U.S. stocks climbed to record highs on Monday, helped by optimism about merger activity and a Republican tax cuts plan. Roselle Chen reports.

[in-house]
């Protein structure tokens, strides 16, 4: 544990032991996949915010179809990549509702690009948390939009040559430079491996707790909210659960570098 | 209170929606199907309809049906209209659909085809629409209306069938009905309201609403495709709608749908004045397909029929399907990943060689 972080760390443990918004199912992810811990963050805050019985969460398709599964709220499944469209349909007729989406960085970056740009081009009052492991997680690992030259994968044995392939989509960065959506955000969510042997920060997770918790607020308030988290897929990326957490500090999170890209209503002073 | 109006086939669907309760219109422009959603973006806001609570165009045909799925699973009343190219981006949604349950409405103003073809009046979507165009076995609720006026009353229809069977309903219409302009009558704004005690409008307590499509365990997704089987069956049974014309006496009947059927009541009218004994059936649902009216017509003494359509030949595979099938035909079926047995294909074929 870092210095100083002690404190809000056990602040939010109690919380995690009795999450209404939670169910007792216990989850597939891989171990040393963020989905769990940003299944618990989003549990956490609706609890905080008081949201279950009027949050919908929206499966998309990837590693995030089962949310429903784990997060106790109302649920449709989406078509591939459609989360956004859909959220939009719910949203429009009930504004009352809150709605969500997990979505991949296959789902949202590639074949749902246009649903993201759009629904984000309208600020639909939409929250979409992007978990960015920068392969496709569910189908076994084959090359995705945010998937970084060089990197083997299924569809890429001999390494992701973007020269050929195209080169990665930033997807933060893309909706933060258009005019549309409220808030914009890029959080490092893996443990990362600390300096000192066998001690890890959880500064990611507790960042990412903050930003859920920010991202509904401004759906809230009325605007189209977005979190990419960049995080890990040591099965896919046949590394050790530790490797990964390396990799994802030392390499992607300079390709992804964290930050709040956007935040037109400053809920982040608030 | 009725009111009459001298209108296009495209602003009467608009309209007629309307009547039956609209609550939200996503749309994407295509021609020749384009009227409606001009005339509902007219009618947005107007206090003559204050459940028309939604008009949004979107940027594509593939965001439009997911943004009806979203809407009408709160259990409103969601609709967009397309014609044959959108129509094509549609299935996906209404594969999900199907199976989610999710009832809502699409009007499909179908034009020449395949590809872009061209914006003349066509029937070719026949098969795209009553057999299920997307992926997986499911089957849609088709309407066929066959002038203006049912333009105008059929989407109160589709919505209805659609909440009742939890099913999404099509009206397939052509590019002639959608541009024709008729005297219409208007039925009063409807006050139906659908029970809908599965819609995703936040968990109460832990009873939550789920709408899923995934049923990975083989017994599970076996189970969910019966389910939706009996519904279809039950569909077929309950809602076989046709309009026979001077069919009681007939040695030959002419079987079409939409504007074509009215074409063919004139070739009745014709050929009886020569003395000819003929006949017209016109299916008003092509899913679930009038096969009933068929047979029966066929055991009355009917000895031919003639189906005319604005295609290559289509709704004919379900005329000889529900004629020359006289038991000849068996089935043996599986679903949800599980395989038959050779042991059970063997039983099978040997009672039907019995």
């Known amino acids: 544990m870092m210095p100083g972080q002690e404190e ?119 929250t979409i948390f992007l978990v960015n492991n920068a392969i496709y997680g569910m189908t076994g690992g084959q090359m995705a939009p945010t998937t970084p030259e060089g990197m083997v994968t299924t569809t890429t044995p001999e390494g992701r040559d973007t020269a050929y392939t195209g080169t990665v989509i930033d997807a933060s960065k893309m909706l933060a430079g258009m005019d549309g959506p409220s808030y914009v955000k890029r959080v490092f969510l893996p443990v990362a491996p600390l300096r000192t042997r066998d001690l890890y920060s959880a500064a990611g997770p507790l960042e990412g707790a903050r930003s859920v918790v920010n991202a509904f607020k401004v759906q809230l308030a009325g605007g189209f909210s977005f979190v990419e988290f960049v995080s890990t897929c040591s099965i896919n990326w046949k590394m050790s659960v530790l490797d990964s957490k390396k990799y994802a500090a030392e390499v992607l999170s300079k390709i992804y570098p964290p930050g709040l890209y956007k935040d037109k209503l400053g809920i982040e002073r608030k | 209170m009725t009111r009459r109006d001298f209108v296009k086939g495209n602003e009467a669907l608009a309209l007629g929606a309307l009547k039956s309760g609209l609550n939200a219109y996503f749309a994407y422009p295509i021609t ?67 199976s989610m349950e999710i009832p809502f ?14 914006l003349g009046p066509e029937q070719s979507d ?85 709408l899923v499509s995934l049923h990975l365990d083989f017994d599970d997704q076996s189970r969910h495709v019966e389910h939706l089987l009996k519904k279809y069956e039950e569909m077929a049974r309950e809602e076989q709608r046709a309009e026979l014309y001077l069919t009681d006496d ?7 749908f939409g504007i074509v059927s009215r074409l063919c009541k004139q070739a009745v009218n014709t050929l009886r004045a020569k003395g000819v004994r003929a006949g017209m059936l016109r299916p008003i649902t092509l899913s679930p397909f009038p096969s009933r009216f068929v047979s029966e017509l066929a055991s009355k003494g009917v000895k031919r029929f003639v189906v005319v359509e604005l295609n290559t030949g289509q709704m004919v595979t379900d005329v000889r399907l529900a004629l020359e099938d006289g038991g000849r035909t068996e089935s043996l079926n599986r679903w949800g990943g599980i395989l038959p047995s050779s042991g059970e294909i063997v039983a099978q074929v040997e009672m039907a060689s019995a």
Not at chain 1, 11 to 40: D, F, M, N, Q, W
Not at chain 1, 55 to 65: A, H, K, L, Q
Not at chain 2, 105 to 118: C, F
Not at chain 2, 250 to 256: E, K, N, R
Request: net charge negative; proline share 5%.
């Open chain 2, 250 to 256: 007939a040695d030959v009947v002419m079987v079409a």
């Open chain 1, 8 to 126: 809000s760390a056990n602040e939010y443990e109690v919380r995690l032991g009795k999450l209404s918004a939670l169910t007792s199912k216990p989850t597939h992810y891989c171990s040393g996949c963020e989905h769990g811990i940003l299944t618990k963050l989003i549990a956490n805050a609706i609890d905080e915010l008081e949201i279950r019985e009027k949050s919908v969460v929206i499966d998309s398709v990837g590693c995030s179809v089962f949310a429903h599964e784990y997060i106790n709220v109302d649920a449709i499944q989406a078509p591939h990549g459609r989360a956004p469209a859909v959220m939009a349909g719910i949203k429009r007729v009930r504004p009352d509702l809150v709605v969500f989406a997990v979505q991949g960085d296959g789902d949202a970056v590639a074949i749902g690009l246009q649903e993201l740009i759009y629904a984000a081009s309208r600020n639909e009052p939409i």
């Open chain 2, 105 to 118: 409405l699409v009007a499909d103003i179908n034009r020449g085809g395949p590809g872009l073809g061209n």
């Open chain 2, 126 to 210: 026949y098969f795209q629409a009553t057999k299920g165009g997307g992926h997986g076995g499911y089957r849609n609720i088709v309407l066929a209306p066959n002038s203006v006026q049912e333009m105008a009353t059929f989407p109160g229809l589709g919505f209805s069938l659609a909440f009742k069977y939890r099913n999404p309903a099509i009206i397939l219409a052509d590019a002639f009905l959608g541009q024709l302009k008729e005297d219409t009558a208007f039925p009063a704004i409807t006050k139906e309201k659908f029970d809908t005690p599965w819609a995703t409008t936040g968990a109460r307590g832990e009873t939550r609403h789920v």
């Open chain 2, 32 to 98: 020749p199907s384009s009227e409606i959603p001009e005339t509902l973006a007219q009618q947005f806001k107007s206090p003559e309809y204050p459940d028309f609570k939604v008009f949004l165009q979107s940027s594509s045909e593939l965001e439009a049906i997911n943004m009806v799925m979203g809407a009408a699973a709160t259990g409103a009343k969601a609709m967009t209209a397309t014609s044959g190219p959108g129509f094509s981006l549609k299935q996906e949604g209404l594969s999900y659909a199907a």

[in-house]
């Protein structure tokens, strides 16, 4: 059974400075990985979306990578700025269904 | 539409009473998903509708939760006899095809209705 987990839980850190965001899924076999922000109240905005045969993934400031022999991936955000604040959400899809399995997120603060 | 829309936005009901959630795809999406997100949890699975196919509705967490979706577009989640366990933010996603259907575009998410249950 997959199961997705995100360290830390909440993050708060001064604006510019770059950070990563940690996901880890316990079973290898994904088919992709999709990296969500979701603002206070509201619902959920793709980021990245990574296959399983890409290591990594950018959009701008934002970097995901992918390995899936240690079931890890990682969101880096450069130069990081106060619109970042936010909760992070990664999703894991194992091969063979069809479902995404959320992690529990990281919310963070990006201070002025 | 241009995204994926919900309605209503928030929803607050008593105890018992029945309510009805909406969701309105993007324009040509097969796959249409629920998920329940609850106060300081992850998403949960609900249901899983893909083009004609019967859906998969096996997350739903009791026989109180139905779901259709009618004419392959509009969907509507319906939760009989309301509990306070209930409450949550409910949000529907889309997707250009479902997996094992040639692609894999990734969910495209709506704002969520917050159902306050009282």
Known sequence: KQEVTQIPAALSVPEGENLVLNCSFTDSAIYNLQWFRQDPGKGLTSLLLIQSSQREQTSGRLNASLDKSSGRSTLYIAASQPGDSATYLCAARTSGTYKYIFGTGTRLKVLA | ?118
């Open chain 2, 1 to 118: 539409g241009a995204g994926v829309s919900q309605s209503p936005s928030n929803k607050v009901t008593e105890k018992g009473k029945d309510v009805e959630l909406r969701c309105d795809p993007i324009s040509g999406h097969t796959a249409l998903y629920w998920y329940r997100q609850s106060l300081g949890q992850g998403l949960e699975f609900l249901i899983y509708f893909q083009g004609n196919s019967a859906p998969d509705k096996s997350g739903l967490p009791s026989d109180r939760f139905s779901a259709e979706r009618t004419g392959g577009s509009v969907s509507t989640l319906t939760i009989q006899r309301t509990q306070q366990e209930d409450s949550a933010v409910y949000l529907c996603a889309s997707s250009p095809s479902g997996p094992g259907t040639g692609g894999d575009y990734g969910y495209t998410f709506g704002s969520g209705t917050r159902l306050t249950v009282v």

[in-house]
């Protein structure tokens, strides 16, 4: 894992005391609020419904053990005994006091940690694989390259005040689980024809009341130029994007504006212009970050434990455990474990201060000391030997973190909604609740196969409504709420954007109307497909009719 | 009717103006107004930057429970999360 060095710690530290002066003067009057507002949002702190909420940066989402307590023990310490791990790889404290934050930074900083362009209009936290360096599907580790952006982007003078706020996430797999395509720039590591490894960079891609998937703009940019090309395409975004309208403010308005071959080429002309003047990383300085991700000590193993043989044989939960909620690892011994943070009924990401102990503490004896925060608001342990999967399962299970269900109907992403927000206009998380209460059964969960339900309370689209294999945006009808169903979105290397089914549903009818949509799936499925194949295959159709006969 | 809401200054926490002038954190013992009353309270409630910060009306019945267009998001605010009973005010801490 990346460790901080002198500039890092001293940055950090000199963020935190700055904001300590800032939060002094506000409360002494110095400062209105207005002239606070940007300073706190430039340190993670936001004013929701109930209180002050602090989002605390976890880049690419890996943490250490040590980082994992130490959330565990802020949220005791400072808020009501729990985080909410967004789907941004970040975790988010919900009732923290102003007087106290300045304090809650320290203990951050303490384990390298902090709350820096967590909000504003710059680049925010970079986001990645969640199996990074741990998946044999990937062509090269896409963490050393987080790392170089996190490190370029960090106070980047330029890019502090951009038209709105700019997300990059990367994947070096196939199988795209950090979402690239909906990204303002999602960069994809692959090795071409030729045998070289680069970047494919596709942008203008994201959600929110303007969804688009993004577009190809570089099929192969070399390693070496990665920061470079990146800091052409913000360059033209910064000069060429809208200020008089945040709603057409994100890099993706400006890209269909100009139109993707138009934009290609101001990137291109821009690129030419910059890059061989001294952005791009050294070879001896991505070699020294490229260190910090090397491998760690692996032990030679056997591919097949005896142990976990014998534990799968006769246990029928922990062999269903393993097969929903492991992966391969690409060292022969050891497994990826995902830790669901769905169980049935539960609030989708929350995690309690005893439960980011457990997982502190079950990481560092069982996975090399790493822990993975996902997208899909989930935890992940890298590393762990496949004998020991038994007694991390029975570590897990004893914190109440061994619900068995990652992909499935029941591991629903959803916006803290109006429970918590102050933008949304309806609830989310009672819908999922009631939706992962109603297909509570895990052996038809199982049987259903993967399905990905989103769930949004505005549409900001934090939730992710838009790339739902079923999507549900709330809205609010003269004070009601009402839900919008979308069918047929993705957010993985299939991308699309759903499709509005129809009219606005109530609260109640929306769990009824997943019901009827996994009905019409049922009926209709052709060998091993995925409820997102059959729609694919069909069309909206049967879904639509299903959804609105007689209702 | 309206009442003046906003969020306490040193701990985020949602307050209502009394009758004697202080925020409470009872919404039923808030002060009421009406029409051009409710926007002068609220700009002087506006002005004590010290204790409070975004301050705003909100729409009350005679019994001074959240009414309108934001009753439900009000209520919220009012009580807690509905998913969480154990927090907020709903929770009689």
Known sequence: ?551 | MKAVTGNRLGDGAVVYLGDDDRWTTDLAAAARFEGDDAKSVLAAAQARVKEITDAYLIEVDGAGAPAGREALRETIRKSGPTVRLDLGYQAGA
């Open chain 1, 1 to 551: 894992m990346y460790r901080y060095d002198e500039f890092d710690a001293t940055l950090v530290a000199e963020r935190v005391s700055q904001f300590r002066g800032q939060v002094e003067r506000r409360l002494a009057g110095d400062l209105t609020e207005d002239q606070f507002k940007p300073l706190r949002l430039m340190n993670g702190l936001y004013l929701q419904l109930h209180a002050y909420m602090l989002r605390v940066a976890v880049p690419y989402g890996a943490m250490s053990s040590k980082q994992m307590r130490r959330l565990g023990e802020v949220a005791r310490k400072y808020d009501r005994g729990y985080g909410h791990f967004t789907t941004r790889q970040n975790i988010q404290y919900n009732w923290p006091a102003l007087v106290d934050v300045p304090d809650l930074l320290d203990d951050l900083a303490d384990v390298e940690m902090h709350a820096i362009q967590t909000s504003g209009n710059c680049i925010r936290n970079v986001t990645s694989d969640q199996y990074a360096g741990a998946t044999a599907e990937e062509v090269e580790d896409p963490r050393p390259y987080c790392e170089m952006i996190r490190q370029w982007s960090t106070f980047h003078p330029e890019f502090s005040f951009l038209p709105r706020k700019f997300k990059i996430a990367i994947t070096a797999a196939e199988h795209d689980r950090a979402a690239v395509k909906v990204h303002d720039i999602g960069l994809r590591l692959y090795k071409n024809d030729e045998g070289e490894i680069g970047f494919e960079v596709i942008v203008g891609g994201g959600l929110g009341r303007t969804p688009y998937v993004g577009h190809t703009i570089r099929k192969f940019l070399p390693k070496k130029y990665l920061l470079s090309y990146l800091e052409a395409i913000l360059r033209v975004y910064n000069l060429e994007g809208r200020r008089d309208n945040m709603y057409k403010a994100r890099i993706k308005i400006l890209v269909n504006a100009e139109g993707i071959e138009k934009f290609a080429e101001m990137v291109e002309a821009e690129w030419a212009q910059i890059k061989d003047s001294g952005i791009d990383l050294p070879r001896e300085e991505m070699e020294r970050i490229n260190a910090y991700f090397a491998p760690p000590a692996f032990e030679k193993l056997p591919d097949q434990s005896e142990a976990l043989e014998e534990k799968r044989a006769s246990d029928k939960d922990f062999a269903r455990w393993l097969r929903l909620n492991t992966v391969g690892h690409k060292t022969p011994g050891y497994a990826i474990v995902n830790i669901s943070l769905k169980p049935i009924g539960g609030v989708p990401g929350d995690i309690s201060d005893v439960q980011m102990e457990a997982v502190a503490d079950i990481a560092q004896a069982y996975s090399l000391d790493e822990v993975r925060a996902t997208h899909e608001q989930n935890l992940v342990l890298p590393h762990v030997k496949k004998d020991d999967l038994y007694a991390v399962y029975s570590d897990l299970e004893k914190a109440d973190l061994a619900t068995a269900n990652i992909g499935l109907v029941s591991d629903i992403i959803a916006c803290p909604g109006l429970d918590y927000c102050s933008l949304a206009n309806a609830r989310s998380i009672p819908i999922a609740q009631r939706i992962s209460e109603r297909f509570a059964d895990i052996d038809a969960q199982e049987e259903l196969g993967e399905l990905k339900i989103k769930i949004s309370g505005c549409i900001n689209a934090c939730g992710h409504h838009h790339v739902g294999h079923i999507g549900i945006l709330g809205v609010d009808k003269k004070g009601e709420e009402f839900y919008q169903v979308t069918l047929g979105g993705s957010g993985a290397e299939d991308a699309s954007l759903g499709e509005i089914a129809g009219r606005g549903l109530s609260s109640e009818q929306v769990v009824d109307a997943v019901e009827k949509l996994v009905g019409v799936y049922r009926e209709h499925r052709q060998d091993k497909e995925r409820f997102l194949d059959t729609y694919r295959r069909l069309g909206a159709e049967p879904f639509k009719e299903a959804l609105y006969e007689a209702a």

U.S. stocks climbed to record highs. Dealmaking in the chip sector lifted the Nasdaq after Broadcom offered to buy Qualcomm for $103 billion. Weighing on the Dow and S&P were shares of Sprint and T-Mobile. The two companies called off their planned merger. UBS Asset Management's Evan Brown. (SOUNDBITE) EVAN BROWN, CFA, DIRECTOR, ASSET ALLOCATION, INVESTMENT SOLUTIONS, UBS ASSET MANAGEMENT (ENGLISH) SAYING: "The markets still really digesting all the information we got last week. We had a lot of news. The House tax bill was released a new Fed chair Jay Powell, and we got the employment report. But, I think, what's most important is that, and, I think, the employment report really showed this, is that global growth continues to be really quite strong, and there's very little inflationary pressure out there in the market, so that means that there's a really constructive outlook for risk assets and equities in particular." Energy sector rose on gains in crude prices after the crown prince of Saudi Arabia tightened grip on power. Saudi Arabia is the world's largest oil exporter. Shares of Michael Kors jumped after the company raised its 2017 revenue forecast. Advanced Micro Devices were up on a report that it plans to team up with Intel to form a personal computer chip unit. In Europe, stocks were mostly down, but FTSE eked out a gain.